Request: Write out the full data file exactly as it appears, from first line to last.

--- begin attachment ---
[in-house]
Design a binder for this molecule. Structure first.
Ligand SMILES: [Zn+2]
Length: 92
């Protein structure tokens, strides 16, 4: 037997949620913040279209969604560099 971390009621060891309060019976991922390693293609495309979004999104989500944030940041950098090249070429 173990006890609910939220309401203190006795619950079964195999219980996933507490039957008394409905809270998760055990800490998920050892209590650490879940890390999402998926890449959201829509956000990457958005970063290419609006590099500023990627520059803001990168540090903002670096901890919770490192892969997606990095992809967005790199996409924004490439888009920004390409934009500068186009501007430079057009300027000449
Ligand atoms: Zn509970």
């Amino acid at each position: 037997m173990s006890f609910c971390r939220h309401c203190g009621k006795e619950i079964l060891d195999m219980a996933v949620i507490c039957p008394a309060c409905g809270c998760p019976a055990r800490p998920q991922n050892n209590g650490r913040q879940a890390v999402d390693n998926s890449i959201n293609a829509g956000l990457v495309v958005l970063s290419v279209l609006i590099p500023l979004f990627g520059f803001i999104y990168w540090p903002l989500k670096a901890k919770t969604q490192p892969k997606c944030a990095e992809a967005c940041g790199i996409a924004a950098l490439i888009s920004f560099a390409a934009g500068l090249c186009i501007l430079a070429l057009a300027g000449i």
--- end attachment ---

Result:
[in-house]
Design a binder for this molecule. Structure first.
Ligand SMILES: [Zn+2]
Length: 92
């Protein structure tokens, strides 16, 4: 037997949620913040279209969604560099 971390009621060891309060019976991922390693293609495309979004999104989500944030940041950098090249070429 173990006890609910939220309401203190006795619950079964195999219980996933507490039957008394409905809270998760055990800490998920050892209590650490879940890390999402998926890449959201829509956000990457958005970063290419609006590099500023990627520059803001990168540090903002670096901890919770490192892969997606990095992809967005790199996409924004490439888009920004390409934009500068186009501007430079057009300027000449
Ligand atoms: Zn509970």
């Amino acid at each position: 037997m173990s006890f609910c971390r939220h309401c203190g009621k006795e619950i079964l060891d195999m219980a996933v949620i507490c039957p008394a309060c409905g809270c998760p019976a055990r800490p998920q991922n050892n209590g650490r913040q879940a890390v999402d390693n998926s890449i959201n293609a829509g956000l990457v495309v958005l970063s290419v279209l609006i590099p500023l979004f990627g520059f803001i999104y990168w540090p903002l989500k670096a901890k919770t969604q490192p892969k997606c944030a990095e992809a967005c940041g790199i996409a924004a950098l490439i888009s920004f560099a390409a934009g500068l090249c186009i501007l430079a070429l057009a300027g000449i």